This tube (unlike the British pentode, which has been used as a power
tube only, for the past two years) is designed especially as a
radio-frequency amplifier, to work into tuned-plate impedance; and is
adapted also for audio-frequency amplification in suitable circuits. Its
amplification factor, as may be seen from the technical data given
below, is enormously high; rising to as much as 750, compared with the
420 of the '24 type, which it is intended to replace; while its mutual
conductance may be as high as 2,500, compared with 1,050 for the '24.
This operating characteristic is gained by operating with 250 volts on
the plate, and 135 (positive) on the screengrid; while the space-charge
grid (the new element) carries 20 volts, positive.
It is well known that the older screengrid tubes give two
circuit options. One is that of using the fourth or screen-grid element
as a capacity shield around the plate (from which fact the tube was
often called a "shield-grid" type), while the inner grid serves the
purpose of impressing the signal input on the tube. In the other
connection, the inner grid is used with a positive charge to accelerate
the flow of electrons from the filament and break up the negative "space
charge" which surrounded it. This "space-charge" hook-up is preferred
for audio amplification.
In the new pentode (styled the "P-1" by its manufacturer,
the CeCo Mfg. Co.) both of these advantages are obtainable. We find in
the tube the following:
THE FIVE ELECTRODES
(1) A heater filament, similar to that of the '24 type,
drawing 1.75 amperes at 2.5 volts. This is electrically isolated from
the electrodes or elements of the tube, and connected to the "F" prongs
of a UY-type tube base.
(2) An electron-emitter or cathode, heated by the
filament as in the '24 and '27 tubes, and connected to the "C" prong of
(3) A "space-charge grid" surrounding the cathode. This
is connected, not to the socket, but to a terminal at the side of the
tube base. To this a source of low, positive potential is connected.
(4) A control-grid which, as in the '22 and '24 types, is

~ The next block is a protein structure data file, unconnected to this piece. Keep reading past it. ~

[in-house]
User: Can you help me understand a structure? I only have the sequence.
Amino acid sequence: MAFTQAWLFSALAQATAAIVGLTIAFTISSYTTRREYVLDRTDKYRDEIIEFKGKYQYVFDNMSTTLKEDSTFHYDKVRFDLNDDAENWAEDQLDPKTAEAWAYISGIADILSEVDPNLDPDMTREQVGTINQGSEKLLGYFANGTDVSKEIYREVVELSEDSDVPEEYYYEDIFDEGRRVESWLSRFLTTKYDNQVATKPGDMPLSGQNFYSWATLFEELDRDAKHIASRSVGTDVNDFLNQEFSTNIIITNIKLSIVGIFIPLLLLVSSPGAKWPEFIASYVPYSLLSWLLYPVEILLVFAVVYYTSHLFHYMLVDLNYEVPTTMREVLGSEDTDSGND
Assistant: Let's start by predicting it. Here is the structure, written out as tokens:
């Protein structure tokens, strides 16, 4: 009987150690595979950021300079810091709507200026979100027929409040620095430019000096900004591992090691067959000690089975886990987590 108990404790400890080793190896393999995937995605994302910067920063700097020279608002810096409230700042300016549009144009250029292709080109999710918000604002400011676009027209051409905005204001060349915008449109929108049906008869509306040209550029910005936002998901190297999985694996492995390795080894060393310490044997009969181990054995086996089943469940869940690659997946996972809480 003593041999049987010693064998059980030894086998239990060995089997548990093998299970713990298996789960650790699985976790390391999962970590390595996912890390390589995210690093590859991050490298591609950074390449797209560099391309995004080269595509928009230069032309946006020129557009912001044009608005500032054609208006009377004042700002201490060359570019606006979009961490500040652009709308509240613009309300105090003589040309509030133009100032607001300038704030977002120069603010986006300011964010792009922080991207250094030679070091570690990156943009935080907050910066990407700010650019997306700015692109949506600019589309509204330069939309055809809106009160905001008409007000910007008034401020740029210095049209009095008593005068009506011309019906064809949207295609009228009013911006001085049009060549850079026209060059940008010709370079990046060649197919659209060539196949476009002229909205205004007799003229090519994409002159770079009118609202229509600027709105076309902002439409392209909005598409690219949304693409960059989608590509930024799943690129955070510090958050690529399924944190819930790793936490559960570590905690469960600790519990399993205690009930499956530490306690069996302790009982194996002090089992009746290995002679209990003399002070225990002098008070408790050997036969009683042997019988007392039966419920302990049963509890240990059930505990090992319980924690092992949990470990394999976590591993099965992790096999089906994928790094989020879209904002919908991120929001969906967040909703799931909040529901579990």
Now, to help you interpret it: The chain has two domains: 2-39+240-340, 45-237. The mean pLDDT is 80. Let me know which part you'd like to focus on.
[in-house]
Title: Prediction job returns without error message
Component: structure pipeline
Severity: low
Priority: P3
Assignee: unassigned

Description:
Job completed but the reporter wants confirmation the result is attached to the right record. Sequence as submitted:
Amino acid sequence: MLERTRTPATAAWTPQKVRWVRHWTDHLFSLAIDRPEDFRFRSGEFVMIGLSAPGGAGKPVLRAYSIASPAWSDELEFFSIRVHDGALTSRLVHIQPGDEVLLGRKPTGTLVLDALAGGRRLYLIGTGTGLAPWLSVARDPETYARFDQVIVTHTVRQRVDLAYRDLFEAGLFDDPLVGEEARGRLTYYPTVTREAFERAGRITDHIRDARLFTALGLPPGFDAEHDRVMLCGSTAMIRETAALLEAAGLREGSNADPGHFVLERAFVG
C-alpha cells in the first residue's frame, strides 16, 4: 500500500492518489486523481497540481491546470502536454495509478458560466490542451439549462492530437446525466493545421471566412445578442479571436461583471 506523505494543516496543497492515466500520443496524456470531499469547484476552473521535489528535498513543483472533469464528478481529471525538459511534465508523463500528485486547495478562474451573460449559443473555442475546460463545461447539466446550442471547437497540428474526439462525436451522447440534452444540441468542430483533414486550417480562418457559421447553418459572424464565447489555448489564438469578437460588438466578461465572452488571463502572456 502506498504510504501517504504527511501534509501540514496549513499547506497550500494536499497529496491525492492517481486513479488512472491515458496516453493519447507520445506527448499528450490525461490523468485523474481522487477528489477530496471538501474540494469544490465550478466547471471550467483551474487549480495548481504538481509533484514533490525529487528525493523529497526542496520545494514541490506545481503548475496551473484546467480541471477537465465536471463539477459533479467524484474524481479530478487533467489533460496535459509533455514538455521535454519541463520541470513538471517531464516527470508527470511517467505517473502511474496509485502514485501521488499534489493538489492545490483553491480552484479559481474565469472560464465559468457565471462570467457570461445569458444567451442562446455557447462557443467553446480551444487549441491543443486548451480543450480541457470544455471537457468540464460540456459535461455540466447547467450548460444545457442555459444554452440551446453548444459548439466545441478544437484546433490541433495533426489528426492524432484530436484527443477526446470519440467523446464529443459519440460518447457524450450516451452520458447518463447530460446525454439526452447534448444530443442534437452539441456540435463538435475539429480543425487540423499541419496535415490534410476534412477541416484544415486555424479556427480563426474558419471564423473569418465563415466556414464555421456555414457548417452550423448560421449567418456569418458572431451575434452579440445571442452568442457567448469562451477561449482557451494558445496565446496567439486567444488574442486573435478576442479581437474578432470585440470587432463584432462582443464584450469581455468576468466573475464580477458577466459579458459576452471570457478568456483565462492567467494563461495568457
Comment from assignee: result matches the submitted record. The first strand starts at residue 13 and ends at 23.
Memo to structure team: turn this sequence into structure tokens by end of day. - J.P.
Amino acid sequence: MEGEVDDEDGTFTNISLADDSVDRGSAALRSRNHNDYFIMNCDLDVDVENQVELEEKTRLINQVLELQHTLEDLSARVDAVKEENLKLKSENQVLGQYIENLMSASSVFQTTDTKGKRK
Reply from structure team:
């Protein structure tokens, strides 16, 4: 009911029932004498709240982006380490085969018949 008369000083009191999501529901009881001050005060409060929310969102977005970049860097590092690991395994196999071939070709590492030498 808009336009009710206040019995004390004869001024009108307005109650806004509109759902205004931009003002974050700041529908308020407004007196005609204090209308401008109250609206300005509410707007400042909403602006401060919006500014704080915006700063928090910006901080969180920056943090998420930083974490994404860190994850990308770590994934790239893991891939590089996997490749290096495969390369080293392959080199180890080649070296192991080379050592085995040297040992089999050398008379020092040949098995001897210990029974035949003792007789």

connected to a metal cap at the top of the bulb. This, by means of a
clip and lead, is connected to the signal input:
(5) A screen-grid which, as in previous tube types, is
connected to the "G" prong of the tube base. Upon this is impressed a
high positive voltage, somewhat lower than that of the plate. It serves
the purpose of eliminating the capacitive effect between plate and
(6) A plate, which is similar to that of the '24, and connected to the "P" prong of the tube.
The tube itself, a view of whose elements is given
herewith, fits the standard UY tube socket; it is 1 13/16 inches in
diameter, and 51/4 inches high.
A PENTODE CIRCUIT
The circuit diagram (Fig. 1) given here shows two
pentodes used for R.F. amplification, following a band-pass filter; a
third R.F. stage might follow, or the two stages feed into a standard
The constants of the coils and tuning condensers are not
given; this would depend upon the design of the receiver. (Articles
dealing with band selectors have appeared, and will appear, in RADIOCent
r from time to time.) The cathode resistors III, producing the
control-grid bias, should be 150 to 160 ohms; the screen-grid resistors
I12, 5,000 ohms; and the potentiometer R3, regulating the voltage on
these elements and thereby serving as a volume control, 25,000 ohms. The
by-pass condensers Cl (for space-charge grid), C2 (for screen-grid), C3
(for plate), and C4 (for cathode) may be of the customary 1-mf. value
each; it will be noted that the common side of the unit shown is the
cathode, or neutral point of the tube, and not the ground. The R.F.
chokes Ll are also of standard value. With the high degree of
amplification obtained by the pentode, the filter system shown is most
In Fig. 2, we illustrate the effect of the various
control-grid voltages upon the plate current. The screen-grid voltage
used is 180 and the space-charge voltage 10. Irrespective of the
control-grid, bias, it will be seen,' the plate-current curve rises
abruptly with the plate voltage until the latter reaches about 180, and
then flattens out.
The curve of the space-charge grid bias, which is not
reproduced here, is practically a straight line, from 7 volts up, under
standard operating conditions. While the increase of this positive grid
voltage results in a higher mutual conductance reading, it produces at
the same time also a higher plate current as well as a much higher grid
current and it is therefore desirable to limit this voltage in the
interests of longer tube life.
A comparison of the P-1 with the '24 type indicates a
comparative R.F. gain 23 per cent higher for the pentode in each stage.
This would amount to 51 per cent more gain for two stages. With such
amplification, it is obvious that precaution against grid overloading
must be taken, especially in the detector. The characteristics of the
tube, with a plate voltage of 250, and a control-grid voltage of 1.5
(negative) are as follows: